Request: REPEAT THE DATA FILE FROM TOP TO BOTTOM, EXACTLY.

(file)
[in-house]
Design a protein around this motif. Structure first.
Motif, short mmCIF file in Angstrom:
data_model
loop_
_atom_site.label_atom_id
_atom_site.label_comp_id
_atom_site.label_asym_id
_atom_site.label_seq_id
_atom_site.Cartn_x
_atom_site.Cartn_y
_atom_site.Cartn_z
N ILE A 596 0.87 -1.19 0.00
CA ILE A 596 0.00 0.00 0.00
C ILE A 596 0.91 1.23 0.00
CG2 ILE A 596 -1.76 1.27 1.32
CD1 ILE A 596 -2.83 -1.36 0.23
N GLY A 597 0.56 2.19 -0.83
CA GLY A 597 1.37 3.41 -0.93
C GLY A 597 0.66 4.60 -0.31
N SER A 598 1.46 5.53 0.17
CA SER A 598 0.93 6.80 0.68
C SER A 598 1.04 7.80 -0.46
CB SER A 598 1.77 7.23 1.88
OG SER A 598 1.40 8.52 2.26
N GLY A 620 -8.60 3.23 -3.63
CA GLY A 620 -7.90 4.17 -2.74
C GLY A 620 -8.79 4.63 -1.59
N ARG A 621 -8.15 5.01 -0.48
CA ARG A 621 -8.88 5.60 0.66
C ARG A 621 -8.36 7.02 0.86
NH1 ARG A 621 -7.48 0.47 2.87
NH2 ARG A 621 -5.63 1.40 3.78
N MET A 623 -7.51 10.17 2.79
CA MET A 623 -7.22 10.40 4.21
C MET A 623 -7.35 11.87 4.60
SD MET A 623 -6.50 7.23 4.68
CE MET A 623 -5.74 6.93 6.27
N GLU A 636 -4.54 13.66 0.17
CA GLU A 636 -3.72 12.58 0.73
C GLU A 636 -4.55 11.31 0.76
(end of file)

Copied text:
[in-house]
Design a protein around this motif. Structure first.
Motif, short mmCIF file in Angstrom:
data_model
loop_
_atom_site.label_atom_id
_atom_site.label_comp_id
_atom_site.label_asym_id
_atom_site.label_seq_id
_atom_site.Cartn_x
_atom_site.Cartn_y
_atom_site.Cartn_z
N ILE A 596 0.87 -1.19 0.00
CA ILE A 596 0.00 0.00 0.00
C ILE A 596 0.91 1.23 0.00
CG2 ILE A 596 -1.76 1.27 1.32
CD1 ILE A 596 -2.83 -1.36 0.23
N GLY A 597 0.56 2.19 -0.83
CA GLY A 597 1.37 3.41 -0.93
C GLY A 597 0.66 4.60 -0.31
N SER A 598 1.46 5.53 0.17
CA SER A 598 0.93 6.80 0.68
C SER A 598 1.04 7.80 -0.46
CB SER A 598 1.77 7.23 1.88
OG SER A 598 1.40 8.52 2.26
N GLY A 620 -8.60 3.23 -3.63
CA GLY A 620 -7.90 4.17 -2.74
C GLY A 620 -8.79 4.63 -1.59
N ARG A 621 -8.15 5.01 -0.48
CA ARG A 621 -8.88 5.60 0.66
C ARG A 621 -8.36 7.02 0.86
NH1 ARG A 621 -7.48 0.47 2.87
NH2 ARG A 621 -5.63 1.40 3.78
N MET A 623 -7.51 10.17 2.79
CA MET A 623 -7.22 10.40 4.21
C MET A 623 -7.35 11.87 4.60
SD MET A 623 -6.50 7.23 4.68
CE MET A 623 -5.74 6.93 6.27
N GLU A 636 -4.54 13.66 0.17
CA GLU A 636 -3.72 12.58 0.73
C GLU A 636 -4.55 11.31 0.76